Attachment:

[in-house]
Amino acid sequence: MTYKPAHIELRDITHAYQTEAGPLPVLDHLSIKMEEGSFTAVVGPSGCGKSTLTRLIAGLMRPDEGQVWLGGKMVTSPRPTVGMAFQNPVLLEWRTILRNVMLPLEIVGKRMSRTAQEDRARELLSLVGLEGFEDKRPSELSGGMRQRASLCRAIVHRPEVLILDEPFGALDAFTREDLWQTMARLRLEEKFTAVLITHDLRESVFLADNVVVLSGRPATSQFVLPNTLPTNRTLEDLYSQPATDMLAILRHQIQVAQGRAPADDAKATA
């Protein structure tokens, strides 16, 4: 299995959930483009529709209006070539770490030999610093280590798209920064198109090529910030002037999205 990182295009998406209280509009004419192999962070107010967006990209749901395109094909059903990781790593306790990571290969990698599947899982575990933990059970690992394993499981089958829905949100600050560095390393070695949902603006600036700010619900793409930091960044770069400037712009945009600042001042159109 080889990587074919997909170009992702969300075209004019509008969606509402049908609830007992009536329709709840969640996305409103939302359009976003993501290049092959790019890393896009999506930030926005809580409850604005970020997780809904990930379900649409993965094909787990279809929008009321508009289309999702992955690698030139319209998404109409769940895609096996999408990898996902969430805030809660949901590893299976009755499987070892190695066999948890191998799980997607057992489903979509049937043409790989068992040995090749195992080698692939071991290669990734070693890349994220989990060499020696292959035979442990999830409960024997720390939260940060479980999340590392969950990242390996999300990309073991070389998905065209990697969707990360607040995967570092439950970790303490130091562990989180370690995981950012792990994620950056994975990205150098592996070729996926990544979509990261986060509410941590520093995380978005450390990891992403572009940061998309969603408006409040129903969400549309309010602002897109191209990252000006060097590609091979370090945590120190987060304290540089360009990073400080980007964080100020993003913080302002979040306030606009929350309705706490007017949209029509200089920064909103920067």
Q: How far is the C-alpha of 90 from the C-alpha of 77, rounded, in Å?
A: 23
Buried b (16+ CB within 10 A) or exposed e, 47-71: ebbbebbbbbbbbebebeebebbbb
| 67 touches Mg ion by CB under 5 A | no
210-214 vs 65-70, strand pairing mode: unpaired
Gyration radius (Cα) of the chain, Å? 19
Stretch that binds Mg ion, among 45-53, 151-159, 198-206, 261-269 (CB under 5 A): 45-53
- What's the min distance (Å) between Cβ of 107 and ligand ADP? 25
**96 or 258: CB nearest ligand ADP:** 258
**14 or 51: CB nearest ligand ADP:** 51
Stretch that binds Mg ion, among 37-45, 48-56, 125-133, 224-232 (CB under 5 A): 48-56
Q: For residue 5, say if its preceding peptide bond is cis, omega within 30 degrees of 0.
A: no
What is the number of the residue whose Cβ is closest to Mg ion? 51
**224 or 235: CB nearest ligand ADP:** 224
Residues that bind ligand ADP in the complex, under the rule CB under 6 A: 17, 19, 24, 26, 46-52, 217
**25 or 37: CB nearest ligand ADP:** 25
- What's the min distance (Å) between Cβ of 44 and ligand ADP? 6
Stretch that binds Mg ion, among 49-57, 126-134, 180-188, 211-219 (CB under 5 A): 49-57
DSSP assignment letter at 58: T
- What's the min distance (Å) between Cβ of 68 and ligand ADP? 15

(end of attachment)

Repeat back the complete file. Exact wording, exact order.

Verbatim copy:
[in-house]
Amino acid sequence: MTYKPAHIELRDITHAYQTEAGPLPVLDHLSIKMEEGSFTAVVGPSGCGKSTLTRLIAGLMRPDEGQVWLGGKMVTSPRPTVGMAFQNPVLLEWRTILRNVMLPLEIVGKRMSRTAQEDRARELLSLVGLEGFEDKRPSELSGGMRQRASLCRAIVHRPEVLILDEPFGALDAFTREDLWQTMARLRLEEKFTAVLITHDLRESVFLADNVVVLSGRPATSQFVLPNTLPTNRTLEDLYSQPATDMLAILRHQIQVAQGRAPADDAKATA
């Protein structure tokens, strides 16, 4: 299995959930483009529709209006070539770490030999610093280590798209920064198109090529910030002037999205 990182295009998406209280509009004419192999962070107010967006990209749901395109094909059903990781790593306790990571290969990698599947899982575990933990059970690992394993499981089958829905949100600050560095390393070695949902603006600036700010619900793409930091960044770069400037712009945009600042001042159109 080889990587074919997909170009992702969300075209004019509008969606509402049908609830007992009536329709709840969640996305409103939302359009976003993501290049092959790019890393896009999506930030926005809580409850604005970020997780809904990930379900649409993965094909787990279809929008009321508009289309999702992955690698030139319209998404109409769940895609096996999408990898996902969430805030809660949901590893299976009755499987070892190695066999948890191998799980997607057992489903979509049937043409790989068992040995090749195992080698692939071991290669990734070693890349994220989990060499020696292959035979442990999830409960024997720390939260940060479980999340590392969950990242390996999300990309073991070389998905065209990697969707990360607040995967570092439950970790303490130091562990989180370690995981950012792990994620950056994975990205150098592996070729996926990544979509990261986060509410941590520093995380978005450390990891992403572009940061998309969603408006409040129903969400549309309010602002897109191209990252000006060097590609091979370090945590120190987060304290540089360009990073400080980007964080100020993003913080302002979040306030606009929350309705706490007017949209029509200089920064909103920067």
Q: How far is the C-alpha of 90 from the C-alpha of 77, rounded, in Å?
A: 23
Buried b (16+ CB within 10 A) or exposed e, 47-71: ebbbebbbbbbbbebebeebebbbb
| 67 touches Mg ion by CB under 5 A | no
210-214 vs 65-70, strand pairing mode: unpaired
Gyration radius (Cα) of the chain, Å? 19
Stretch that binds Mg ion, among 45-53, 151-159, 198-206, 261-269 (CB under 5 A): 45-53
- What's the min distance (Å) between Cβ of 107 and ligand ADP? 25
**96 or 258: CB nearest ligand ADP:** 258
**14 or 51: CB nearest ligand ADP:** 51
Stretch that binds Mg ion, among 37-45, 48-56, 125-133, 224-232 (CB under 5 A): 48-56
Q: For residue 5, say if its preceding peptide bond is cis, omega within 30 degrees of 0.
A: no
What is the number of the residue whose Cβ is closest to Mg ion? 51
**224 or 235: CB nearest ligand ADP:** 224
Residues that bind ligand ADP in the complex, under the rule CB under 6 A: 17, 19, 24, 26, 46-52, 217
**25 or 37: CB nearest ligand ADP:** 25
- What's the min distance (Å) between Cβ of 44 and ligand ADP? 6
Stretch that binds Mg ion, among 49-57, 126-134, 180-188, 211-219 (CB under 5 A): 49-57
DSSP assignment letter at 58: T
- What's the min distance (Å) between Cβ of 68 and ligand ADP? 15